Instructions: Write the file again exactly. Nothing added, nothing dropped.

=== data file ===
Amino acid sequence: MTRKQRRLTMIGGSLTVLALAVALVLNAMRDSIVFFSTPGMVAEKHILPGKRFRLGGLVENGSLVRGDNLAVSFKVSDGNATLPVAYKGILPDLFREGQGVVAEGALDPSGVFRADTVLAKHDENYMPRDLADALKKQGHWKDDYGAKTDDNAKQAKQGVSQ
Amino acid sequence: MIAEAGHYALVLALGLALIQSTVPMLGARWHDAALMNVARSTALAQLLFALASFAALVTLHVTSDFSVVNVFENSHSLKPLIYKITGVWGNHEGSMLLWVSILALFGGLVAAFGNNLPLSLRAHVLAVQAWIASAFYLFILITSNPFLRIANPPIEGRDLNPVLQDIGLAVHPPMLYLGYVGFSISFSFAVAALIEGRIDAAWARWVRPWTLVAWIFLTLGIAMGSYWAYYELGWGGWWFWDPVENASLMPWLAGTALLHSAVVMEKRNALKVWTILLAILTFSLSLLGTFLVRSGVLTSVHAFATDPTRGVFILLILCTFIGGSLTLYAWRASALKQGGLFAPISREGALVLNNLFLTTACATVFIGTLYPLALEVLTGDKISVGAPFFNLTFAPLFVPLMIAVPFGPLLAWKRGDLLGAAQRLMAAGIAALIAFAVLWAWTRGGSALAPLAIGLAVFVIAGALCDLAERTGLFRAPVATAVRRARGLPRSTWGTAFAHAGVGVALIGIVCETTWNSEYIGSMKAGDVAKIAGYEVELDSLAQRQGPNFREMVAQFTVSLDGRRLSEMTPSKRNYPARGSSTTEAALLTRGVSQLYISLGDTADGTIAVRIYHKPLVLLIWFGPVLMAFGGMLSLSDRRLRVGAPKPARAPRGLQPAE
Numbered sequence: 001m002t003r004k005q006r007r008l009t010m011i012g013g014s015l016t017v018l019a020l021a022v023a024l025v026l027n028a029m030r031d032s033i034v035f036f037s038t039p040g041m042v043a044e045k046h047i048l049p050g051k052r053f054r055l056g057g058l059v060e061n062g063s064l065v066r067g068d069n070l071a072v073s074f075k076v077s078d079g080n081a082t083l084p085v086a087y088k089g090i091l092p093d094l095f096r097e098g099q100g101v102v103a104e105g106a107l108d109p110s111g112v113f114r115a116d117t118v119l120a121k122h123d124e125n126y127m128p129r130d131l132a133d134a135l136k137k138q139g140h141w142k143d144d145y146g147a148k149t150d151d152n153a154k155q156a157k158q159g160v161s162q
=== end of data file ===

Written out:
Amino acid sequence: MTRKQRRLTMIGGSLTVLALAVALVLNAMRDSIVFFSTPGMVAEKHILPGKRFRLGGLVENGSLVRGDNLAVSFKVSDGNATLPVAYKGILPDLFREGQGVVAEGALDPSGVFRADTVLAKHDENYMPRDLADALKKQGHWKDDYGAKTDDNAKQAKQGVSQ
Amino acid sequence: MIAEAGHYALVLALGLALIQSTVPMLGARWHDAALMNVARSTALAQLLFALASFAALVTLHVTSDFSVVNVFENSHSLKPLIYKITGVWGNHEGSMLLWVSILALFGGLVAAFGNNLPLSLRAHVLAVQAWIASAFYLFILITSNPFLRIANPPIEGRDLNPVLQDIGLAVHPPMLYLGYVGFSISFSFAVAALIEGRIDAAWARWVRPWTLVAWIFLTLGIAMGSYWAYYELGWGGWWFWDPVENASLMPWLAGTALLHSAVVMEKRNALKVWTILLAILTFSLSLLGTFLVRSGVLTSVHAFATDPTRGVFILLILCTFIGGSLTLYAWRASALKQGGLFAPISREGALVLNNLFLTTACATVFIGTLYPLALEVLTGDKISVGAPFFNLTFAPLFVPLMIAVPFGPLLAWKRGDLLGAAQRLMAAGIAALIAFAVLWAWTRGGSALAPLAIGLAVFVIAGALCDLAERTGLFRAPVATAVRRARGLPRSTWGTAFAHAGVGVALIGIVCETTWNSEYIGSMKAGDVAKIAGYEVELDSLAQRQGPNFREMVAQFTVSLDGRRLSEMTPSKRNYPARGSSTTEAALLTRGVSQLYISLGDTADGTIAVRIYHKPLVLLIWFGPVLMAFGGMLSLSDRRLRVGAPKPARAPRGLQPAE
Numbered sequence: 001m002t003r004k005q006r007r008l009t010m011i012g013g014s015l016t017v018l019a020l021a022v023a024l025v026l027n028a029m030r031d032s033i034v035f036f037s038t039p040g041m042v043a044e045k046h047i048l049p050g051k052r053f054r055l056g057g058l059v060e061n062g063s064l065v066r067g068d069n070l071a072v073s074f075k076v077s078d079g080n081a082t083l084p085v086a087y088k089g090i091l092p093d094l095f096r097e098g099q100g101v102v103a104e105g106a107l108d109p110s111g112v113f114r115a116d117t118v119l120a121k122h123d124e125n126y127m128p129r130d131l132a133d134a135l136k137k138q139g140h141w142k143d144d145y146g147a148k149t150d151d152n153a154k155q156a157k158q159g160v161s162q